AT&T had been pushing hard to win approval of the deal since it was first announced in March, arguing it would create jobs and expand broadband access.
The merger won the support of dozens of Republican and Democratic lawmakers, as well as the backing of major unions, who pointed to the fact that AT&T employees are unionized, while T-Mobile’s are not.
But the public-interest groups argue the deal would kill competition in the wireless market, leading to higher prices for consumers and fewer jobs.
Andy Schwartzman, policy director for Media Access Project, a nonprofit law firm, said he was not surprised by the Justice Department's decision to block the deal. "The law could not be more straight forward," he said.
But he added he was surprised the Justice Department chose to act when it did, rather than waiting several more months.
The public interest groups said that the Justice Department decision puts pressure on the Federal Communications Commission to act quickly in its own review of the merger.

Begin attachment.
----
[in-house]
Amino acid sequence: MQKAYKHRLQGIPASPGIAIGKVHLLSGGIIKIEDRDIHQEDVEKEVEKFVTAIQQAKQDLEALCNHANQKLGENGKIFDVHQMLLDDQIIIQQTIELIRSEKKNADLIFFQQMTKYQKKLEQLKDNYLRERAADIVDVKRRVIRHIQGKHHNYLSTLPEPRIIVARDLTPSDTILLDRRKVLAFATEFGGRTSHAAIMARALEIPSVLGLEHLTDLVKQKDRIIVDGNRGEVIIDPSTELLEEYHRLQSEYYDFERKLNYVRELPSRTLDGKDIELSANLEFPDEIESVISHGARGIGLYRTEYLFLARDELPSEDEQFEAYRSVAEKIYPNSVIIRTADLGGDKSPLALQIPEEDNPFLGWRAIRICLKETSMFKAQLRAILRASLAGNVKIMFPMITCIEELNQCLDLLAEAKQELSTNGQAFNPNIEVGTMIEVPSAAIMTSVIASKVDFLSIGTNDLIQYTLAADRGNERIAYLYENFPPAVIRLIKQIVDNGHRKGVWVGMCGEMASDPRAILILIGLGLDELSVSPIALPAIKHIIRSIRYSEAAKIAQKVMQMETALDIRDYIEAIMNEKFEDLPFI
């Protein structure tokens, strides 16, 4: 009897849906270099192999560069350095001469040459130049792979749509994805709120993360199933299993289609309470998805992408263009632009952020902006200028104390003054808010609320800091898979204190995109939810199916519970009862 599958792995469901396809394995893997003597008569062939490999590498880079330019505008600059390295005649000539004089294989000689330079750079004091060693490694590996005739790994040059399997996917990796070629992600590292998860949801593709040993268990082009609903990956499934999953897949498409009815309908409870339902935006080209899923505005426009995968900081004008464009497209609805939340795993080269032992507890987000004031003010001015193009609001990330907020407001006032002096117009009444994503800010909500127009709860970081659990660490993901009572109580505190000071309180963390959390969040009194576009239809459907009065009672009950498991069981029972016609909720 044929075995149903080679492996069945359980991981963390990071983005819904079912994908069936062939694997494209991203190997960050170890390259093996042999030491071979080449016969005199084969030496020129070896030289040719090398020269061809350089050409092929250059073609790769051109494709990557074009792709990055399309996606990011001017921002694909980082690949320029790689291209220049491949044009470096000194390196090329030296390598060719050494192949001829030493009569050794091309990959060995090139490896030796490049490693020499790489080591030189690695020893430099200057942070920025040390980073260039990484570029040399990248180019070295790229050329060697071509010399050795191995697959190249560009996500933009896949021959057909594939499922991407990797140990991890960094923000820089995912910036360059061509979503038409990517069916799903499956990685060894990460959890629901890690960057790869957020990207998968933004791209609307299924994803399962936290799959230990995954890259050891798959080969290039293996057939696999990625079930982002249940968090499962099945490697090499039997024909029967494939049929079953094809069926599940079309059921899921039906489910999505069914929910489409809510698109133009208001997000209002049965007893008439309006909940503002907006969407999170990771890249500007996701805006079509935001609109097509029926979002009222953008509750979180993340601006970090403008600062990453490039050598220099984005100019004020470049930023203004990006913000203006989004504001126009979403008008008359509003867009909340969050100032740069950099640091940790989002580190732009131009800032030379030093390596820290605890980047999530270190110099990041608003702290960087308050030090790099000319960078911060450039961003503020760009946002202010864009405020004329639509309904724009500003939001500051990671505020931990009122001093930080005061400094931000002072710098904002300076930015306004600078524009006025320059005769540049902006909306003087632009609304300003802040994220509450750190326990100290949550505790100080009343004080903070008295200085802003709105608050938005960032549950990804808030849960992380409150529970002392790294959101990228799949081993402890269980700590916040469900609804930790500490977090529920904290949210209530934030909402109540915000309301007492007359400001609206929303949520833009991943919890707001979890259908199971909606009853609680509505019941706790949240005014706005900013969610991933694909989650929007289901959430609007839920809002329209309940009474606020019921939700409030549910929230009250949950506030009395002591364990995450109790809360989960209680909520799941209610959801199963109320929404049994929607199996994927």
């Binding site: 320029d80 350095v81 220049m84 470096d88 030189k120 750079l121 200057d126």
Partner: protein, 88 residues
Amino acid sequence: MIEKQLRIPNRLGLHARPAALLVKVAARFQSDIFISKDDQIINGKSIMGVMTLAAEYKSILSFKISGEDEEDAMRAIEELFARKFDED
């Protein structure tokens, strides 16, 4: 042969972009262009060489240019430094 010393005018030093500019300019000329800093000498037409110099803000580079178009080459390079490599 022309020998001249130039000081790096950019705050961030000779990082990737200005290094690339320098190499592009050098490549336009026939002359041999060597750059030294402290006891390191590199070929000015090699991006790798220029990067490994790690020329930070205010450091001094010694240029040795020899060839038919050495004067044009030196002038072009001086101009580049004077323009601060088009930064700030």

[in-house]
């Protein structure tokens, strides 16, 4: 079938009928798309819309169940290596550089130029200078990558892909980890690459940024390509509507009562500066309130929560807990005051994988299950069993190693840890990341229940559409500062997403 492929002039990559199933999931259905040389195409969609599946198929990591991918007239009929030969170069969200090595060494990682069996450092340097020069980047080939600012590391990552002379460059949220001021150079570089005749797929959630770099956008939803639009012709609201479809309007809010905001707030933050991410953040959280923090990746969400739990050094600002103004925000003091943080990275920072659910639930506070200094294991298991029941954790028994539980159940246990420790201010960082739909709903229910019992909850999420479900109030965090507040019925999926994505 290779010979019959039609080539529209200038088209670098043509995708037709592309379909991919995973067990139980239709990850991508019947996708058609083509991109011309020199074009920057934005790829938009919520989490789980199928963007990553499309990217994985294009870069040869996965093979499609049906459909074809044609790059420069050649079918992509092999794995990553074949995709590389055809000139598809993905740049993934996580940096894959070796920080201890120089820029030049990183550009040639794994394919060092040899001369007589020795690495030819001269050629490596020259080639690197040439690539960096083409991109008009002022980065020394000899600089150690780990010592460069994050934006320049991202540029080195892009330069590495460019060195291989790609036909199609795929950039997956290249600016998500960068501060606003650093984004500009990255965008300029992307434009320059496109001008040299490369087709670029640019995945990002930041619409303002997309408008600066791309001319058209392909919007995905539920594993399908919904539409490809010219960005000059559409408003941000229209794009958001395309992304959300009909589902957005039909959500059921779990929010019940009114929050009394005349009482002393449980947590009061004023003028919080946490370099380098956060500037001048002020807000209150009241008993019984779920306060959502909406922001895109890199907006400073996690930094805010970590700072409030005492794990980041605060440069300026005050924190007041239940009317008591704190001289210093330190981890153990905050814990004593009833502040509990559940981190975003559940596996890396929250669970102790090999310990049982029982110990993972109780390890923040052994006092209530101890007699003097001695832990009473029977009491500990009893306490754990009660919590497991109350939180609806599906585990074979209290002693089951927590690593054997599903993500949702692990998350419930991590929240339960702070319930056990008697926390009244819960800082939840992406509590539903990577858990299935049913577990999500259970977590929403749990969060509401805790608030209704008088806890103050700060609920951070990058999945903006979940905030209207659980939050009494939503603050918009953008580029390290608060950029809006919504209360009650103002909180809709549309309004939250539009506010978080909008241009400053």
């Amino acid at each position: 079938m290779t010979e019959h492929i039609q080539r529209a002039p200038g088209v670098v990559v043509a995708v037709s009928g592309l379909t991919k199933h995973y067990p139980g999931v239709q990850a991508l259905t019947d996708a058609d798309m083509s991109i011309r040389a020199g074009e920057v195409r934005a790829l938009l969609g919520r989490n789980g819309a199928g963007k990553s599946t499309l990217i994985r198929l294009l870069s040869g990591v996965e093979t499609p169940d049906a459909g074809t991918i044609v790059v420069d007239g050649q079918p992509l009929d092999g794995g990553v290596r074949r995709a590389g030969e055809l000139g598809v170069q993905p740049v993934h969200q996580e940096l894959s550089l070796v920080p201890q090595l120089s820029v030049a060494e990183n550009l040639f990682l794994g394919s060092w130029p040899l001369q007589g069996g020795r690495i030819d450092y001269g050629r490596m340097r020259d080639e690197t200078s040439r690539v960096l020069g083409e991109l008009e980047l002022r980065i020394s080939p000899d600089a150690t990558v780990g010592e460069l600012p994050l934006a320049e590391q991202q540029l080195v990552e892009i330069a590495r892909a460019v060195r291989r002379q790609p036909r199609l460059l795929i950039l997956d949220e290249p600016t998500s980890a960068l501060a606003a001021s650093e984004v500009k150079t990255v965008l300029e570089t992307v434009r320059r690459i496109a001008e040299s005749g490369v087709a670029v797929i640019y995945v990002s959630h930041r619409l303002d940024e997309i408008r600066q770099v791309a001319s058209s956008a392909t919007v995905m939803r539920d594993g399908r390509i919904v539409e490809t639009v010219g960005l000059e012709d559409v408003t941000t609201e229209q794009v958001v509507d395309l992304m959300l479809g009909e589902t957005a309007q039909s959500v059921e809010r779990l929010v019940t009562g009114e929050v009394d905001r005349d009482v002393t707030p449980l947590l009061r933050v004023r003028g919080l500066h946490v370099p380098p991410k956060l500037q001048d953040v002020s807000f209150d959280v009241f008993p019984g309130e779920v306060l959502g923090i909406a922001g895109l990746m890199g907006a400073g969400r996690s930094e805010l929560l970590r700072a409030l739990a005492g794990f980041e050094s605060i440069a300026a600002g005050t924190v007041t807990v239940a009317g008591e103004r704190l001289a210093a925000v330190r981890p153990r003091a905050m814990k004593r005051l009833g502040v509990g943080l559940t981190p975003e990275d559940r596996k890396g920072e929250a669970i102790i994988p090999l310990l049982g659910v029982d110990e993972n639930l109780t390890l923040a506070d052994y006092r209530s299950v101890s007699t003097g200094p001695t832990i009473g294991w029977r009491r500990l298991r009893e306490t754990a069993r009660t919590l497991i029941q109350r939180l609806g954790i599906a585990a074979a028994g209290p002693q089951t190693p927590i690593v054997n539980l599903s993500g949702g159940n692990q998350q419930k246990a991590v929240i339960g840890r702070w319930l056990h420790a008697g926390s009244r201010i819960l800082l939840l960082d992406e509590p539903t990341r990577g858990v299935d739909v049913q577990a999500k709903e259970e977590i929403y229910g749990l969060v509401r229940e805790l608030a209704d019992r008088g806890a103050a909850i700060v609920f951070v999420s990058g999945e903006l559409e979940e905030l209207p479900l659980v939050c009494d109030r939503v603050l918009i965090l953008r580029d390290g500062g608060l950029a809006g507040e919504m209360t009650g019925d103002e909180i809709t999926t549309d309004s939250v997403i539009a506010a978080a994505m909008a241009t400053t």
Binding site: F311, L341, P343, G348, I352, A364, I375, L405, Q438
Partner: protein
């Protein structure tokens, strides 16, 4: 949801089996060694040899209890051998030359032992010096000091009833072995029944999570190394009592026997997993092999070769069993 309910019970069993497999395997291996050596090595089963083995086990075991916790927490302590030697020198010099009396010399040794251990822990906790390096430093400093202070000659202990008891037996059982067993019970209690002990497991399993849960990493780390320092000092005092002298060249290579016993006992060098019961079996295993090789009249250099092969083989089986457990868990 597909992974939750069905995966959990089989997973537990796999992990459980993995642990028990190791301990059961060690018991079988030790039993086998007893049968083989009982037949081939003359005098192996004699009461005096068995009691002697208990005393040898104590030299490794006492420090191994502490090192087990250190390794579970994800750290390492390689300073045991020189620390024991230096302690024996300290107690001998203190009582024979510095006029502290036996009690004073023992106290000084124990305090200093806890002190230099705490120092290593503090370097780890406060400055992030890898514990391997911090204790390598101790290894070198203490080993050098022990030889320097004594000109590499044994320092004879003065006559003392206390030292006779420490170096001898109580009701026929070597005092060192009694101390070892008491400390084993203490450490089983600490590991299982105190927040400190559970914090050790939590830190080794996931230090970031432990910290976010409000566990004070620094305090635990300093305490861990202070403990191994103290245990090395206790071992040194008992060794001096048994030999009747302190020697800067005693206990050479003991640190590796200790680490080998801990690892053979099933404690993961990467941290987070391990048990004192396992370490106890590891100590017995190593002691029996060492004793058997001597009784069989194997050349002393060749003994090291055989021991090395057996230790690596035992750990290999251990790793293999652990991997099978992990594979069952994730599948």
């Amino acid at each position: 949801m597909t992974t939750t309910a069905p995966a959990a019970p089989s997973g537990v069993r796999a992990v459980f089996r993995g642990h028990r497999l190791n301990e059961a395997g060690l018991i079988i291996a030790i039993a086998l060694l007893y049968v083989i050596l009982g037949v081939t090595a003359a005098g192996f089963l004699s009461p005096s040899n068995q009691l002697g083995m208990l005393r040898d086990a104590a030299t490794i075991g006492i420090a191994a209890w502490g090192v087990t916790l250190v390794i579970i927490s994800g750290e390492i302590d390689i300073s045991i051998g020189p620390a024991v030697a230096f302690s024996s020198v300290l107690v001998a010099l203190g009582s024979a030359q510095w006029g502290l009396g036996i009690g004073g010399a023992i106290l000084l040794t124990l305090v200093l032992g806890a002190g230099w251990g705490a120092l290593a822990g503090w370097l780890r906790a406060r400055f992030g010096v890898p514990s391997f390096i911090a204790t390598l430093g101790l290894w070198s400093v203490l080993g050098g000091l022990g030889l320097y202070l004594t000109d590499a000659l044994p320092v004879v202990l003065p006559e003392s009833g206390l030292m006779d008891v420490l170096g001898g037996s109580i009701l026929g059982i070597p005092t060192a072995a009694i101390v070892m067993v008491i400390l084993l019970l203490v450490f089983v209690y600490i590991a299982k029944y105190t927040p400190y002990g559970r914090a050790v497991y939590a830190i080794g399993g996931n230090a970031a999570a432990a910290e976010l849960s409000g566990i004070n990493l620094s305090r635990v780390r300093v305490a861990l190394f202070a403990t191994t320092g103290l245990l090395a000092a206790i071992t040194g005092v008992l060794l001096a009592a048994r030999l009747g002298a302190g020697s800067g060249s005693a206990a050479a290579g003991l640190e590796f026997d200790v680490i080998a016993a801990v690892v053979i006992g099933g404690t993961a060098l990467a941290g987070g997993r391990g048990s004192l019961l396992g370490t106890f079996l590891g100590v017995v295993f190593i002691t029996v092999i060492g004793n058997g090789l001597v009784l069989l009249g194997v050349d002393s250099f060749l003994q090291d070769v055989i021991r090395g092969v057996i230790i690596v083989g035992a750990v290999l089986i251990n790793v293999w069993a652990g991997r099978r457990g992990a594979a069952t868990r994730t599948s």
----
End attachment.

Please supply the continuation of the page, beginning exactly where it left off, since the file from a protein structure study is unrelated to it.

In a statement following the Justice Department's announcement, FCC Chairman Julius Genachowski said his agency's review was not complete, but echoed the Justice Department's concerns that the deal would harm competition.
Unions, conservative organizations and some wireless trade groups were disappointed by the decision.
“Today's announcement by the Department of Justice is surprising and unfortunate for American consumers, our rapidly growing wireless sector, and the promise of mobile innovation in the United States," said Jonathan Spalter, chairman of Mobile Future, a group that represents communication companies and organizations.
Steven Law, president of Crossroads Grassroots Policy Strategies, a conservative advocacy group, said the decision was part of the Obama administration's "nonstop war of harassment against American businesses that has frozen job creation in this country."
--This story was updated on Sept. 1 at 2:37 p.m.